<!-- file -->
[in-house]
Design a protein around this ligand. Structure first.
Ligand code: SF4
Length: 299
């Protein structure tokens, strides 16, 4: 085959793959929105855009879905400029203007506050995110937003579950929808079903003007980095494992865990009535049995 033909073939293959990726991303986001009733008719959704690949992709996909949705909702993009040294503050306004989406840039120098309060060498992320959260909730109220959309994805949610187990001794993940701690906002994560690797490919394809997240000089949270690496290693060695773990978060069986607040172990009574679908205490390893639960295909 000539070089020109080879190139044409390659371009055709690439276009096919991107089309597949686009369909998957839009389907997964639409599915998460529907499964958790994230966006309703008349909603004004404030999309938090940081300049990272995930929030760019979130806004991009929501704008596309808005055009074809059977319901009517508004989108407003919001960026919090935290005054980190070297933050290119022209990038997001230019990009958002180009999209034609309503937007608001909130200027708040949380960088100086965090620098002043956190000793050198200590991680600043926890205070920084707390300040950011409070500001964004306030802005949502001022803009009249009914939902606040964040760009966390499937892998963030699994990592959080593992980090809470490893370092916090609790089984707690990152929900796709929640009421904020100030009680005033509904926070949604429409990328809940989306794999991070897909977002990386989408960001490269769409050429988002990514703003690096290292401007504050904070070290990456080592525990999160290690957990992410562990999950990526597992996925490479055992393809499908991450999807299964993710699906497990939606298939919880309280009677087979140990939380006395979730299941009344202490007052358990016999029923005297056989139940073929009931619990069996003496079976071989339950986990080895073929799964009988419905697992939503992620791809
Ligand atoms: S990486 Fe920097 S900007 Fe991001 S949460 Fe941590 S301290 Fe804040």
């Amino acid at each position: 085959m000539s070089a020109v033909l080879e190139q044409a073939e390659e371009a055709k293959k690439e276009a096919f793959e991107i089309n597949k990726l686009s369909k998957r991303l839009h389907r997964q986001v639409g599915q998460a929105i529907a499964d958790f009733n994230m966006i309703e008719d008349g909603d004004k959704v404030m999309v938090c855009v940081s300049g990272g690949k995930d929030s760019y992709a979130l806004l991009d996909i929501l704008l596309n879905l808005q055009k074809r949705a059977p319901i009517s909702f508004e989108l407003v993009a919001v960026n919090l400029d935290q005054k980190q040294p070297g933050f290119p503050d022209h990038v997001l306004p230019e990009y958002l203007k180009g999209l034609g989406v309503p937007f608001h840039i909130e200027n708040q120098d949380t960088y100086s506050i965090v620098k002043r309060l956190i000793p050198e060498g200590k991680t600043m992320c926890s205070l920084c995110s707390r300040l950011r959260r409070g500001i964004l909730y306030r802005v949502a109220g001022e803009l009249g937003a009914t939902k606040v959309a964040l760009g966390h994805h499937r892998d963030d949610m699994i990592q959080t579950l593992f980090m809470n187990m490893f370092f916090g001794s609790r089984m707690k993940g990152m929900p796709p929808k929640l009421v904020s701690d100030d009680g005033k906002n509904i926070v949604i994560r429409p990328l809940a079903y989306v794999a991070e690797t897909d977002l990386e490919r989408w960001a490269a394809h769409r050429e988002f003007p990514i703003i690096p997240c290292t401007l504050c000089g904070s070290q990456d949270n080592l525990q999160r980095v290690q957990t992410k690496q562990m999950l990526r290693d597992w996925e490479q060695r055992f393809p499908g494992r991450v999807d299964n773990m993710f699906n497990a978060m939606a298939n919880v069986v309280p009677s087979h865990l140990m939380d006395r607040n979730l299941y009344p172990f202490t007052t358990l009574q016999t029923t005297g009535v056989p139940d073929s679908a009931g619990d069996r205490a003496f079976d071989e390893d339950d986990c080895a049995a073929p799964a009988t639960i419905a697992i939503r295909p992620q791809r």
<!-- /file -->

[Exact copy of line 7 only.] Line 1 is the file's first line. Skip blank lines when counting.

């Amino acid at each position: 085959m000539s070089a020109v033909l080879e190139q044409a073939e390659e371009a055709k293959k690439e276009a096919f793959e991107i089309n597949k990726l686009s369909k998957r991303l839009h389907r997964q986001v639409g599915q998460a929105i529907a499964d958790f009733n994230m966006i309703e008719d008349g909603d004004k959704v404030m999309v938090c855009v940081s300049g990272g690949k995930d929030s760019y992709a979130l806004l991009d996909i929501l704008l596309n879905l808005q055009k074809r949705a059977p319901i009517s909702f508004e989108l407003v993009a919001v960026n919090l400029d935290q005054k980190q040294p070297g933050f290119p503050d022209h990038v997001l306004p230019e990009y958002l203007k180009g999209l034609g989406v309503p937007f608001h840039i909130e200027n708040q120098d949380t960088y100086s506050i965090v620098k002043r309060l956190i000793p050198e060498g200590k991680t600043m992320c926890s205070l920084c995110s707390r300040l950011r959260r409070g500001i964004l909730y306030r802005v949502a109220g001022e803009l009249g937003a009914t939902k606040v959309a964040l760009g966390h994805h499937r892998d963030d949610m699994i990592q959080t579950l593992f980090m809470n187990m490893f370092f916090g001794s609790r089984m707690k993940g990152m929900p796709p929808k929640l009421v904020s701690d100030d009680g005033k906002n509904i926070v949604i994560r429409p990328l809940a079903y989306v794999a991070e690797t897909d977002l990386e490919r989408w960001a490269a394809h769409r050429e988002f003007p990514i703003i690096p997240c290292t401007l504050c000089g904070s070290q990456d949270n080592l525990q999160r980095v290690q957990t992410k690496q562990m999950l990526r290693d597992w996925e490479q060695r055992f393809p499908g494992r991450v999807d299964n773990m993710f699906n497990a978060m939606a298939n919880v069986v309280p009677s087979h865990l140990m939380d006395r607040n979730l299941y009344p172990f202490t007052t358990l009574q016999t029923t005297g009535v056989p139940d073929s679908a009931g619990d069996r205490a003496f079976d071989e390893d339950d986990c080895a049995a073929p799964a009988t639960i419905a697992i939503r295909p992620q791809r």